by Eden Univer
A breakout (or five) is bad enough, but the marks and bumps left behind long after they're gone are often worse. Luckily there are treatments to fade and remove them, but first you need to know what you're dealing with. New York City-based dermatologist Whitney Bowe, M.D., says there are big differences between post-zit dark marks and true acne scars, and she's sharing how to tell which you have and how to handle them, from prevention to treatment!
Courtesy of Kyle EricksenSee more: The 100 Best Backpacks for Back-to-School
Know your skin and your scars.
"Patients often mistake dark spots for acne scars but they're actually very different," says Dr. Bowe. "The red or brown hyper-pigmentation that appears following an acne lesion is caused by temporary inflammation. These marks may take a number of months to go away but they will disappear over time. True acne scars are permanent unless treated and can come in many shapes and forms. Some are thick, raised hypertrophic (sticking out) or keloid (over-produced skin tissue) scars, while other scars can appear as little depressions in the skin, called atrophic scars. One type of atrophic scarring commonly seen as a result of acne is often referred to as an 'ice pick' scar. These are deeper than they are wide." Okay, now that you have the rundown, what caused this beauty blunder in the first place?
See more: Celebrities Are Going Bananas for Braids!
Acne is truly tough on skin, but sometimes you can be tougher.
"The dark spots that remain on skin-called post-inflammatory pigmentary alteration-are caused by inflammation during the skin's healing process. When skin is opened up, like when you pop a pimple, and then closes back together, you can get abnormal pigmentation, texture, and tone that looks different from the rest of your skin. Sometimes broken blood vessels that remain after an acne lesion fades can result in a mark that appears more red or purple than brown. These are commonly seen in people who are more fair/light skinned." The dark spot takeaway? Hands off! Seriously, don't pick, poke, or touch a pimple. You'll regret it. And this is why.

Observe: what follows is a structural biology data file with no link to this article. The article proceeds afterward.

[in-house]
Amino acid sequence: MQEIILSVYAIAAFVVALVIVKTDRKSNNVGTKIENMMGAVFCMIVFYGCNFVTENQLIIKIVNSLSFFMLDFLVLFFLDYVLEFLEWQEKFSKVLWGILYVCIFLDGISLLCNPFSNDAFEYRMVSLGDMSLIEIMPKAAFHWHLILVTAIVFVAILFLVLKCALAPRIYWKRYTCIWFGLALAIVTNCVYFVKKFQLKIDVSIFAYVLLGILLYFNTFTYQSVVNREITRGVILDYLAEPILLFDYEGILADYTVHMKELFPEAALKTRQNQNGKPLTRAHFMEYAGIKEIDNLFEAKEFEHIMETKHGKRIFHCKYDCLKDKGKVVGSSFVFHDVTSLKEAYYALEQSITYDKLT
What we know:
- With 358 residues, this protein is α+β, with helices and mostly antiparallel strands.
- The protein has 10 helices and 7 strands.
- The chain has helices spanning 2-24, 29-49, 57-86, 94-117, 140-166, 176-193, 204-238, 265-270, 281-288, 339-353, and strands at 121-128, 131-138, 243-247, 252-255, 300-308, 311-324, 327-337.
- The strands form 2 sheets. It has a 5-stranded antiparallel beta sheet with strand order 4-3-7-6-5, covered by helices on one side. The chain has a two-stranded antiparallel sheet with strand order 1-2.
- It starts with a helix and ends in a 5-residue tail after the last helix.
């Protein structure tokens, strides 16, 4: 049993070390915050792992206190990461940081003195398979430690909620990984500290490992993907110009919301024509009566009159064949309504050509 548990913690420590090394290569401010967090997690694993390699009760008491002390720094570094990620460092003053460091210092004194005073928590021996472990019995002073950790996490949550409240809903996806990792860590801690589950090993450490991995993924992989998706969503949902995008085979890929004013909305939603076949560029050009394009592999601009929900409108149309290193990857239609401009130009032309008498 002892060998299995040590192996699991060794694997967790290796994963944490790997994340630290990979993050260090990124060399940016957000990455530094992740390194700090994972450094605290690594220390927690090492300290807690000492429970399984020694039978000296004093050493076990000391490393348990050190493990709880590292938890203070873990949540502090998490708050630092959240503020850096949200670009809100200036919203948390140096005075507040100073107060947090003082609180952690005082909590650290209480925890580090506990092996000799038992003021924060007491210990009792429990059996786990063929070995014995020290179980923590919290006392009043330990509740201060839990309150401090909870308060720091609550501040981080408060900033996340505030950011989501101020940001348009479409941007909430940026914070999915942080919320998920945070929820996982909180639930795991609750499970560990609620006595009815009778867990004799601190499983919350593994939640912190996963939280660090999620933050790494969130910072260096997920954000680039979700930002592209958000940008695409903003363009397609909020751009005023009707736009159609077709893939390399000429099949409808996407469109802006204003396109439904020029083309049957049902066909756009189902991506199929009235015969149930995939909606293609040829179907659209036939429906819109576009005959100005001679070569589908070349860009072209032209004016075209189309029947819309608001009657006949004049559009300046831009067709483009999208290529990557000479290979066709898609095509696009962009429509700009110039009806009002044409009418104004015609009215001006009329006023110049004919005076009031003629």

But sometimes a particular blemish just has it out for your face and there's no stopping its path to a scar. "Acne scars occur when normal tissue in the skin is destroyed and replaced with fibrous tissue. You can think of an acne lesion as a wound. When the damage caused by acne is severe, the body can respond by creating too much tissue or too little tissue. The production of too much tissue forms a keloid or a hypertrophic scar, and too little tissue leads to that depression in the skin, or atrophic scar. The deeper and more inflamed the acne lesion, or the more that it is picked or squeezed, the more likely it is to scar."